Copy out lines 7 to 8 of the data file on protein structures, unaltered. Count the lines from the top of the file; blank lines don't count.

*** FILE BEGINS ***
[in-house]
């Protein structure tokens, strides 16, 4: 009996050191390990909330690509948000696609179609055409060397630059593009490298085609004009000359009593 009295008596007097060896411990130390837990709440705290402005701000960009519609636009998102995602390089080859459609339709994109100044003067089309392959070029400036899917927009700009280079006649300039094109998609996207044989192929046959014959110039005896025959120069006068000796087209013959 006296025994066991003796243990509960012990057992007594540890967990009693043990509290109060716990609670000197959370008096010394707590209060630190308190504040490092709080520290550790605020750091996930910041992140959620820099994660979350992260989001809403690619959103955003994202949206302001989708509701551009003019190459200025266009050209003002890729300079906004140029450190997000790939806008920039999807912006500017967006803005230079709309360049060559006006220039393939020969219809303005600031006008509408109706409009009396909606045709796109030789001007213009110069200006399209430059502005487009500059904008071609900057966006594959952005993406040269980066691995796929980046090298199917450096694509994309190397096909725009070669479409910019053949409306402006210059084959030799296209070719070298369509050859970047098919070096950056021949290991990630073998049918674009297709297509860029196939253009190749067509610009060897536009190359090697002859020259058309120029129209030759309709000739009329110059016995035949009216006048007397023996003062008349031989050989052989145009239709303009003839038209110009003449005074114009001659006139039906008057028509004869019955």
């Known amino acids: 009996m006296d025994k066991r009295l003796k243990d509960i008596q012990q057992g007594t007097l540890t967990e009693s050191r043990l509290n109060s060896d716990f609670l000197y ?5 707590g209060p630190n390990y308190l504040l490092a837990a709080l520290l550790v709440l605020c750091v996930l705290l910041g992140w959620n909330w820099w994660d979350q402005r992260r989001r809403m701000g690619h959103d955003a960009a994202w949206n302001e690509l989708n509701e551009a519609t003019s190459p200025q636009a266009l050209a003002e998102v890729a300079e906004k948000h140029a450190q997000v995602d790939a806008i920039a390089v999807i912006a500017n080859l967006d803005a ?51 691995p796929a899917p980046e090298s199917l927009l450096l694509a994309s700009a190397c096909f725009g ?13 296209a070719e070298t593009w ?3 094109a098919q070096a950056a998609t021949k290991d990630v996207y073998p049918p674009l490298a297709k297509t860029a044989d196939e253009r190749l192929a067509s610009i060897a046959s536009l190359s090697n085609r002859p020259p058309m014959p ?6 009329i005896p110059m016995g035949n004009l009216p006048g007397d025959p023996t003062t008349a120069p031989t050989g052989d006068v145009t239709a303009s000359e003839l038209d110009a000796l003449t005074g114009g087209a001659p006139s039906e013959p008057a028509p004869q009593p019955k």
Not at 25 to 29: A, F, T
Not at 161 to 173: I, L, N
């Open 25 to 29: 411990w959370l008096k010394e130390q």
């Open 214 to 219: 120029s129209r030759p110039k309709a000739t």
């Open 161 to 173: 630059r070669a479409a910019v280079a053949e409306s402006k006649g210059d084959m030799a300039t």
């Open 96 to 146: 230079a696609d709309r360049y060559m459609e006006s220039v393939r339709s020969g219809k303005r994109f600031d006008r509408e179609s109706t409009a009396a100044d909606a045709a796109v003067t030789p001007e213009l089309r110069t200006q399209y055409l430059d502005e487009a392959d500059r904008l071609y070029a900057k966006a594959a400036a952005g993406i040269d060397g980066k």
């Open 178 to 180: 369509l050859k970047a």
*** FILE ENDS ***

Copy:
């Open 214 to 219: 120029s129209r030759p110039k309709a000739t």
């Open 161 to 173: 630059r070669a479409a910019v280079a053949e409306s402006k006649g210059d084959m030799a300039t």